It’s been a little more than five years since the Biologics Price Competition and Innovation Act was enacted in March 2010. Depending on perspective, it may seem that there has been a lot of progress in creating a viable biosimilars market in the U.S., especially given the approval of Zarxio (filgrastim-sndz) in March.
However, many stakeholders feel that everything is moving too slowly and bogged down in procedural delays, especially when it comes to publication of FDA guidance on critical topics, including naming, labeling and the highly confusing issue of interchangeability.
The need to get it right
Last month, Janet Woodcock, director of the Center for Drug Evaluation and Research (CDER) at the FDA, stood in front of the Senate Subcommittee on Primary Health and Retirement Security and defended the agency’s delay in releasing much-needed guidance documents. In response to the pressure, Woodcock said, “We have to get the science right. We can’t have problems with the first biosimilars out of the block.”
According to Dave Fox, former associate chief counsel for drugs at the FDA and a partner in Hogan Lovell’s Life Sciences practice in Washington, D.C, “We are well into the fifth year of the implementation of the BPCIA, but the process has been intentionally deliberate.”
Now that Zarxio is approved and other biosimilar products are close to approval, the issue of interchangeability is becoming a hot topic and an area where there is a demand for clarification. Fox pointed out that the complexity of the science behind biosmilars informs the process and the pace of creating policy.
He said, “FDA guidance on interchangeability has been discussed for a long time. At this point, the FDA may be trying to publish some options for study design, which is a very technical process that requires large-scale review. They also have to address simulated switching studies, as well as questions related to how to statistically power a safety event. There are many complex details and uncertainties to address.”
Safety, similarity, and sameness
One major incentive associated with interchangeability is the fact that according to BPCIA provisions, interchangeable biosimilars can be switched out at the pharmacy level without any required input from a doctor—a reality that could affect payers’ and physicians’ attitudes and drive adoption. There is also the related issue of safety and the implicit understanding that interchangeable drugs are, by definition, safer than biosimilar drugs.
Fox believes that much of what is happening in terms of the creation of a well-entrenched biosimilars culture in the U.S. is the large-scale conceptualization of what biosimilarity is and what it isn’t. Biosimilar means that a drug is highly similar to the original reference product with no clinically meaningful difference. Biosimilars mimic the activity and safety of the original, but the original and the copycat are not the same.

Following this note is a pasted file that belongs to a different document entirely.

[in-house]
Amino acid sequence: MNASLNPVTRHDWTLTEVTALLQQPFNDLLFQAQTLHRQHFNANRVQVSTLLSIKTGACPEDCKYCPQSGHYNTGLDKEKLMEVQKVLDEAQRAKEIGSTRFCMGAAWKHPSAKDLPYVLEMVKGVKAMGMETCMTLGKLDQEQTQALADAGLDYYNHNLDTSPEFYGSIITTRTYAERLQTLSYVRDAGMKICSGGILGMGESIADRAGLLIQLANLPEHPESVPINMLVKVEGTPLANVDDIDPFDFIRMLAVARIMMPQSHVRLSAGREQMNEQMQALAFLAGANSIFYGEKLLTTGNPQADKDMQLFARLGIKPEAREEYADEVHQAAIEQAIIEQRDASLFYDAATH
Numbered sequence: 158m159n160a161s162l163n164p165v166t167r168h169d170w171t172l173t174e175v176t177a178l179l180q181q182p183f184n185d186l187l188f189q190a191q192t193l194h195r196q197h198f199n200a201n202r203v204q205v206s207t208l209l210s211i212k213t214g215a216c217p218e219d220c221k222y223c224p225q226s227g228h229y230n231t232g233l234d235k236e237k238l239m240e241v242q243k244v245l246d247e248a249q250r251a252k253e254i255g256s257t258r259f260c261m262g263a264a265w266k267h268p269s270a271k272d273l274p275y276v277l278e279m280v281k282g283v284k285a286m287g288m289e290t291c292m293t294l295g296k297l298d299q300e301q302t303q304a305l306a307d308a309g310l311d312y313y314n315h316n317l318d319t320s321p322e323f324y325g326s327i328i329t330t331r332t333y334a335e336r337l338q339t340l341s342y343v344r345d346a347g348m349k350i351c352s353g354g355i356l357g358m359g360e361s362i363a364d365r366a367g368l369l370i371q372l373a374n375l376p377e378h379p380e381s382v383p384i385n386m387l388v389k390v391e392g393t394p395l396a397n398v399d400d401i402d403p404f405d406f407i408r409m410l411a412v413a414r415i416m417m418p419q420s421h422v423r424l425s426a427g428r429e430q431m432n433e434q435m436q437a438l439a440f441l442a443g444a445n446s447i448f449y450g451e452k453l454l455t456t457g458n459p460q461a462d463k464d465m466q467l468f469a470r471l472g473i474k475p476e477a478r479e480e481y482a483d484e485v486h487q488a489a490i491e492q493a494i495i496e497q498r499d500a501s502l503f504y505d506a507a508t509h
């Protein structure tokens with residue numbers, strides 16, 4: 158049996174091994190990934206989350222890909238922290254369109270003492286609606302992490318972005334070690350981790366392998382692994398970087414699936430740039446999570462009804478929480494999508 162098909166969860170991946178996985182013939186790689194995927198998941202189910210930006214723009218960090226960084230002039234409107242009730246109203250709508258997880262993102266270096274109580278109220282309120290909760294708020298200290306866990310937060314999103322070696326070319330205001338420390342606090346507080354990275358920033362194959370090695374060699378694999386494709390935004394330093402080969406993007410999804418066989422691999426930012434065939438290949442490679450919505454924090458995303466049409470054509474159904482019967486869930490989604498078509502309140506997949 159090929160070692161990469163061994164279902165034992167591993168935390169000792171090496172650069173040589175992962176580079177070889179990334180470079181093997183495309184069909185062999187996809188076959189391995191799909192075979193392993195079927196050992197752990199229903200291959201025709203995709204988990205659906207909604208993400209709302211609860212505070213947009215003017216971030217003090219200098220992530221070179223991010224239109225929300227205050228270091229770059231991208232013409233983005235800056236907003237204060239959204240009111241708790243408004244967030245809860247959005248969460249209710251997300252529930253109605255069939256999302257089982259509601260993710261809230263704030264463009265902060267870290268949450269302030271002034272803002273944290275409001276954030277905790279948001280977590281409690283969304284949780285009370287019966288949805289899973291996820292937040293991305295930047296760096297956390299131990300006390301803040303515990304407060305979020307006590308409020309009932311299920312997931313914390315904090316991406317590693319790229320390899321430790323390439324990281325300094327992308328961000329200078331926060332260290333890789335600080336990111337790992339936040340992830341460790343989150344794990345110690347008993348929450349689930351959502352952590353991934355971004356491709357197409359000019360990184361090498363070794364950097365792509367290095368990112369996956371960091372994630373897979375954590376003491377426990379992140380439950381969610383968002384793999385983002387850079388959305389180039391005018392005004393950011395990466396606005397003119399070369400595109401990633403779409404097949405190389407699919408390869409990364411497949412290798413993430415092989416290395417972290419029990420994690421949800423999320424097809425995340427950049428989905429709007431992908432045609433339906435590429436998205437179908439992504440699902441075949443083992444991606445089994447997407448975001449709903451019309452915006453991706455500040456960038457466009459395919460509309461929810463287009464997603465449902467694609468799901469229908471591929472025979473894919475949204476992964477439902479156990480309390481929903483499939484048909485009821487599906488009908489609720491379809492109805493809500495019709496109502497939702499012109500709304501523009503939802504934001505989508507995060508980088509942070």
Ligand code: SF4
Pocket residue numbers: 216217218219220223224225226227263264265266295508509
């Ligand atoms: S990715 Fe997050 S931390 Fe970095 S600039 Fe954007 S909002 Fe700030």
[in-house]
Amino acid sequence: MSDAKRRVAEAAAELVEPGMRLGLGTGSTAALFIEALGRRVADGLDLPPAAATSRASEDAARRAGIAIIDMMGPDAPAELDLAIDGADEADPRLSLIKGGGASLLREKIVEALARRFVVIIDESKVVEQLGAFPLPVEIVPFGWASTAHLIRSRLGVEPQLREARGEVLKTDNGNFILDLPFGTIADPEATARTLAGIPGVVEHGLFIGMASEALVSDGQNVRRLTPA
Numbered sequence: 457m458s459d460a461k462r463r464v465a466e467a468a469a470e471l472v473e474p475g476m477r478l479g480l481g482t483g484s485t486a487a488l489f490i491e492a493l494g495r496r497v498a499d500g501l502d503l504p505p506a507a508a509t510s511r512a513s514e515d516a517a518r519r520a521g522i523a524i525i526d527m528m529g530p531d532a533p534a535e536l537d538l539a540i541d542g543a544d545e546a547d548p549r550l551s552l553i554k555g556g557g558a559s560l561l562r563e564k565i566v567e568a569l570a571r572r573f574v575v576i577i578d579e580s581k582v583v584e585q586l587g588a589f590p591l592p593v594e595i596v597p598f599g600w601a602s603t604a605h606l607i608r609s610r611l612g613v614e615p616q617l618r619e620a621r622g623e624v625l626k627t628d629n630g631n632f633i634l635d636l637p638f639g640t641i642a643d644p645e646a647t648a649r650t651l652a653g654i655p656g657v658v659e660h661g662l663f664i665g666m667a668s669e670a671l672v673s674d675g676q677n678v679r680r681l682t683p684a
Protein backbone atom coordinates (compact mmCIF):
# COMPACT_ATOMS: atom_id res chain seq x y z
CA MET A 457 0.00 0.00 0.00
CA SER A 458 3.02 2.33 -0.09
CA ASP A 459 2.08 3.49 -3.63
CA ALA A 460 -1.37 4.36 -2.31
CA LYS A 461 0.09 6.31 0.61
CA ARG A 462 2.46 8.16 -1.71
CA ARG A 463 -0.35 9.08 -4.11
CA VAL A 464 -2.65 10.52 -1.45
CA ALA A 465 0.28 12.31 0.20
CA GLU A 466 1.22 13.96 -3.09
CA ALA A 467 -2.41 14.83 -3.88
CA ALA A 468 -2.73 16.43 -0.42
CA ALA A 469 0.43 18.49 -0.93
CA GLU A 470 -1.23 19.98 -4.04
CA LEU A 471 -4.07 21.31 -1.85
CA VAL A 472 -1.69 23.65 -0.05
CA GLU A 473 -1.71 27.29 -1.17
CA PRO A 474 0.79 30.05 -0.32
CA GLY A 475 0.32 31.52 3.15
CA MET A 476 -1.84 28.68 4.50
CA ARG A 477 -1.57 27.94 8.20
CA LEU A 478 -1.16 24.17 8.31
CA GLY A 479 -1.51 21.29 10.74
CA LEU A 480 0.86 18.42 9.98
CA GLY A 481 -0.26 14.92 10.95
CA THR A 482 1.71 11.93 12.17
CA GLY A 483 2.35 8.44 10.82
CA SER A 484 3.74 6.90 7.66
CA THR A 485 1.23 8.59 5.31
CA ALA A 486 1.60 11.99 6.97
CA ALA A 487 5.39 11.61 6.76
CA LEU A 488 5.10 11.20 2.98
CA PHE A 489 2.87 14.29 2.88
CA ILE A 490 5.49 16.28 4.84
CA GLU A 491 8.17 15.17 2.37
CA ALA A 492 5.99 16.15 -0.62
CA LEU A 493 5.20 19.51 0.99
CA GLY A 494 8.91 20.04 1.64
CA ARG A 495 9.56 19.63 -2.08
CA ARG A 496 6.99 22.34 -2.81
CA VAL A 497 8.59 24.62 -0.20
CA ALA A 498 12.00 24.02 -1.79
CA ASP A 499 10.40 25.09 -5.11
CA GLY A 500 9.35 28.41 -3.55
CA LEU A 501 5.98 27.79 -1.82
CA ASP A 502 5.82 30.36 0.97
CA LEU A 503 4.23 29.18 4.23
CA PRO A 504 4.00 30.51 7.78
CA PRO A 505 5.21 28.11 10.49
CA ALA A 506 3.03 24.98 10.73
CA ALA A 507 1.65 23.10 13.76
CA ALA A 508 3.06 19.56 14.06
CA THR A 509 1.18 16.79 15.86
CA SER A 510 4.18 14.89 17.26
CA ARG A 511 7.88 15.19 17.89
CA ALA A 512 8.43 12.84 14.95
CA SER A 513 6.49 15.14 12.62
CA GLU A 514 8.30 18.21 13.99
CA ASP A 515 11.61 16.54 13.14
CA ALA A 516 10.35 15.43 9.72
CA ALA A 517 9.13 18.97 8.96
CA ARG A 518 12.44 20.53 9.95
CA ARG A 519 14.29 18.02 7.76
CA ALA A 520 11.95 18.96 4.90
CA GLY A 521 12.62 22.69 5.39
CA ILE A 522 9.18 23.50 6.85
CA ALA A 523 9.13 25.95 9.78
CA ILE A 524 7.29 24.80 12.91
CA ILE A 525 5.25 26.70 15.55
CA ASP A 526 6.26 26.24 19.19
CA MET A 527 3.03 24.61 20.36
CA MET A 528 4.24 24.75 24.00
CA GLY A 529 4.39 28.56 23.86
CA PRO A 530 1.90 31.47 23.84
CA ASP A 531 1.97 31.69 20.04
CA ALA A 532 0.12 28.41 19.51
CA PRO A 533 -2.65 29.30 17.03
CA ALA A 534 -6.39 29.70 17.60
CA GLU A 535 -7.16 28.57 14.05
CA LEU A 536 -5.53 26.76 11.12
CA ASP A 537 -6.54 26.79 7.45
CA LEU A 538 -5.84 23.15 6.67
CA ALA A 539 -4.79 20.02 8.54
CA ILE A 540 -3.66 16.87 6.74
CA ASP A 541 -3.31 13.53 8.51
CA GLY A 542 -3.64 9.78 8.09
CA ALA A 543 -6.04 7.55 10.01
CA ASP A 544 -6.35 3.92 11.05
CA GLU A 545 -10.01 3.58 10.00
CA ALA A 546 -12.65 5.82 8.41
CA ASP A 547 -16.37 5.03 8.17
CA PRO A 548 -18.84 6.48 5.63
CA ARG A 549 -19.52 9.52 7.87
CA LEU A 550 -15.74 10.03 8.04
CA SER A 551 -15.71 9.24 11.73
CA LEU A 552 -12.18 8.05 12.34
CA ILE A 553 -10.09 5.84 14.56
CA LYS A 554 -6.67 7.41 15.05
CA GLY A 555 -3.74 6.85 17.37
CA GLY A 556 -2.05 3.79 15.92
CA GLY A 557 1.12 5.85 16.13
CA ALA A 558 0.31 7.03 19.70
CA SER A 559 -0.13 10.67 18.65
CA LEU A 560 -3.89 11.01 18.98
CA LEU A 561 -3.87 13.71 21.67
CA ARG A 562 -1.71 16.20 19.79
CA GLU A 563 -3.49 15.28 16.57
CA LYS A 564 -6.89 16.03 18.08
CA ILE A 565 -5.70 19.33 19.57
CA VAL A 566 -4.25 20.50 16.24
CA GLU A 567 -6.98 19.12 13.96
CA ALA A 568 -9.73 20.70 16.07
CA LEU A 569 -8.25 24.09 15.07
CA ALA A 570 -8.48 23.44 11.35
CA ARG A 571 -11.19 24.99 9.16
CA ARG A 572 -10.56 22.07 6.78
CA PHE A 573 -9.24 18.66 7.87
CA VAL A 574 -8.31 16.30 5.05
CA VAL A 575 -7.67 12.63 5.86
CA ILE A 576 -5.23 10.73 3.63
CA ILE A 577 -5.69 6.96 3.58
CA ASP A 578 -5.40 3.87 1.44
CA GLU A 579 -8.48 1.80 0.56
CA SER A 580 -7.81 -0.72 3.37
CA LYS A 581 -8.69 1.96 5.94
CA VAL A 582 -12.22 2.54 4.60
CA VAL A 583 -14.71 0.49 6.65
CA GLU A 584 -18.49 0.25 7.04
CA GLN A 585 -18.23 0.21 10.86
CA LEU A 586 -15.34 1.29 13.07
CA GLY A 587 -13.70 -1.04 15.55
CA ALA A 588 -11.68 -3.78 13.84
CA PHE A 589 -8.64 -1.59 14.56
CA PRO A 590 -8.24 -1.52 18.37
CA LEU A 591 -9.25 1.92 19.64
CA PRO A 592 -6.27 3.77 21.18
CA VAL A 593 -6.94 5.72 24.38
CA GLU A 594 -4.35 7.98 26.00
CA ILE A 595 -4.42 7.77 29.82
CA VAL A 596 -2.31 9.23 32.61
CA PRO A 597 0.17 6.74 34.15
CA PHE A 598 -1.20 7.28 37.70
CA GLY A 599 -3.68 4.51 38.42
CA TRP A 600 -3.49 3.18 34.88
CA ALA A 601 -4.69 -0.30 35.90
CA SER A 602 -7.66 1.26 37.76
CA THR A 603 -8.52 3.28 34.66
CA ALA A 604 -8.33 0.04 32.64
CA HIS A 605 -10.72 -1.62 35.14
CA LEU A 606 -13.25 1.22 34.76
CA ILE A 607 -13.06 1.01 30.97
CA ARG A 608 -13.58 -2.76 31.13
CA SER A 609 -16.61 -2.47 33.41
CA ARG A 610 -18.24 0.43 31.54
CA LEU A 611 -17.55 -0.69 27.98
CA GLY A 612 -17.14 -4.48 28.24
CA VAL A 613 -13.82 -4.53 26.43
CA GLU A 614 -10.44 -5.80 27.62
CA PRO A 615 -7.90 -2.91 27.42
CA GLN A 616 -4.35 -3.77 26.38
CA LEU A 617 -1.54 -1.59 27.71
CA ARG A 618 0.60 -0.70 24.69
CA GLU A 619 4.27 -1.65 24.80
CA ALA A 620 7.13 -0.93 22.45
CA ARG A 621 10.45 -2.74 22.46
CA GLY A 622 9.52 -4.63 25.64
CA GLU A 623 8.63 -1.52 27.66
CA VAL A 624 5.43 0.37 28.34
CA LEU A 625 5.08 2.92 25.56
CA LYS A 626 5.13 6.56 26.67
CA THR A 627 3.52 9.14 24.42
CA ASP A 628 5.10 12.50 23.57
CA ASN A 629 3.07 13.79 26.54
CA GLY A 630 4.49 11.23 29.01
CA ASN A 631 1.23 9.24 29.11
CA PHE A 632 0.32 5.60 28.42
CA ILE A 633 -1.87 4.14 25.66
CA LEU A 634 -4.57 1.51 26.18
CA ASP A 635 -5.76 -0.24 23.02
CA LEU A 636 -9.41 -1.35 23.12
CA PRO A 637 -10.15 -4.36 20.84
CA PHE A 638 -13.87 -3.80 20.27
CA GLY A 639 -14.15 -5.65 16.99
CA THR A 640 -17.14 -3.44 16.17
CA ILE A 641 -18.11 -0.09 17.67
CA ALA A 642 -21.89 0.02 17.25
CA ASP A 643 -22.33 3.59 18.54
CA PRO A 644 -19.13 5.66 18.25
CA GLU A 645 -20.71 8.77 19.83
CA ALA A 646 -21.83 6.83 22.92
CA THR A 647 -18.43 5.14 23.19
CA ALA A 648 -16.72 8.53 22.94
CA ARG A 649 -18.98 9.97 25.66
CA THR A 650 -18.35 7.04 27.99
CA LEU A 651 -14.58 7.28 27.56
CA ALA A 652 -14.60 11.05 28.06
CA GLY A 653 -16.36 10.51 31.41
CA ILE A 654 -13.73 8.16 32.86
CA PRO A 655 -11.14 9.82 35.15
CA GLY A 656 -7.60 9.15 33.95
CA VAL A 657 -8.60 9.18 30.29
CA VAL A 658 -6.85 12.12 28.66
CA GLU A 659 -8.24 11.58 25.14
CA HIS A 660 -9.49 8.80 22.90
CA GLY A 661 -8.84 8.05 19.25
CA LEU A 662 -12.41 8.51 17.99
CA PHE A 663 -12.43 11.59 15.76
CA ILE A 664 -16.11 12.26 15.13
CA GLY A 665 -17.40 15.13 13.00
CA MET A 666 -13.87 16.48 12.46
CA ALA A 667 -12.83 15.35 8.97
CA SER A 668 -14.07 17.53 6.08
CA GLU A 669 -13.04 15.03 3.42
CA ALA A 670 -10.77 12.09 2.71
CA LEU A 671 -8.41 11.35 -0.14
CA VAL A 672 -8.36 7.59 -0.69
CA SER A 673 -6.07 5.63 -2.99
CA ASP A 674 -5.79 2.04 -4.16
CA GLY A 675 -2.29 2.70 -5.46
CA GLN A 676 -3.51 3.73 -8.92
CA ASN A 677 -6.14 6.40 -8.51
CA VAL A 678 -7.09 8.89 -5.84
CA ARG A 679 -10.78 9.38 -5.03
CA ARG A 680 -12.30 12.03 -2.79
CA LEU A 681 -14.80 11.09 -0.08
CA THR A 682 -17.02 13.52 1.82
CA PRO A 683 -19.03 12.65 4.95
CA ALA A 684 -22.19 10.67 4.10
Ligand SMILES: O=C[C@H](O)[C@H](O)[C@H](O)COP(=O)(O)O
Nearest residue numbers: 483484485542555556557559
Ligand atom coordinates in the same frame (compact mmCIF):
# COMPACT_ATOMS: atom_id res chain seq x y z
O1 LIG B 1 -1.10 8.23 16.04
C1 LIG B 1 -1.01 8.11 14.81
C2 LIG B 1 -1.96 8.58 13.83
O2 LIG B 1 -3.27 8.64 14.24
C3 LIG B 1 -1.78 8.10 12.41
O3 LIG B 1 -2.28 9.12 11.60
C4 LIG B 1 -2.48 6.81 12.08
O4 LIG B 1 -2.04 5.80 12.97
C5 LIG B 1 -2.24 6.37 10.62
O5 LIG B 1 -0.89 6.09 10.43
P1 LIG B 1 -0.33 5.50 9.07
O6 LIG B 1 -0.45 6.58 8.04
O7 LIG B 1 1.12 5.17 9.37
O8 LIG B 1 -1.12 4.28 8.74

In contrast, to be considered interchangeable, a biosimilar must produce the same clinical result as the reference drug in any given patient. In addition, these biosimilars must also show that a patient could switch back and forth between the original product and the biosimilar without any increased risk.
Why similarity is not sameness
As straightforward as the definition may seem, no company has yet scientifically developed an interchangeable biosimlar. The bar is set high—so high that some experts think that interchangeability may not be attainable.
For this reason, Fox and other experts caution that biosimlars should not be considered analogous to small-molecule generics. “It is important to emphasize that similarity does not mean sameness,” he said. “Be careful about treating biosimilars like generics. Sameness is a binary concept, while similarity is a relative concept. Everything changes when you go from a “sameness” system to a system based on similarity. The finding of similarity is really only a partial conclusion.”
Chasing a ghost?
The underlying biology of the immune system is a major contributing factor to the difference between a chemically synthesized small molecule drug and a biosimilar. Fox explained, “The body’s immune system instantly detects a protein, because it’s a large molecule, and the immune system immediately reacts to it. A patient whose immune system is attuned to a certain sponsor's version of the protein could react in a sponsor's biosimilar version of that protein.”
The complexity of biologics and how they affect the immune system can make the quest for interchangeability seem like chasing a ghost. But the complexity of biosimilars is part of their therapeutic elegance—and not unrelated to the fact that they can be profoundly effective, yet affordable. In the final analysis, the current challenges are a necessary part of developing a thriving biosimilars industry in the U.S., and most would agree, it’s well worth the effort.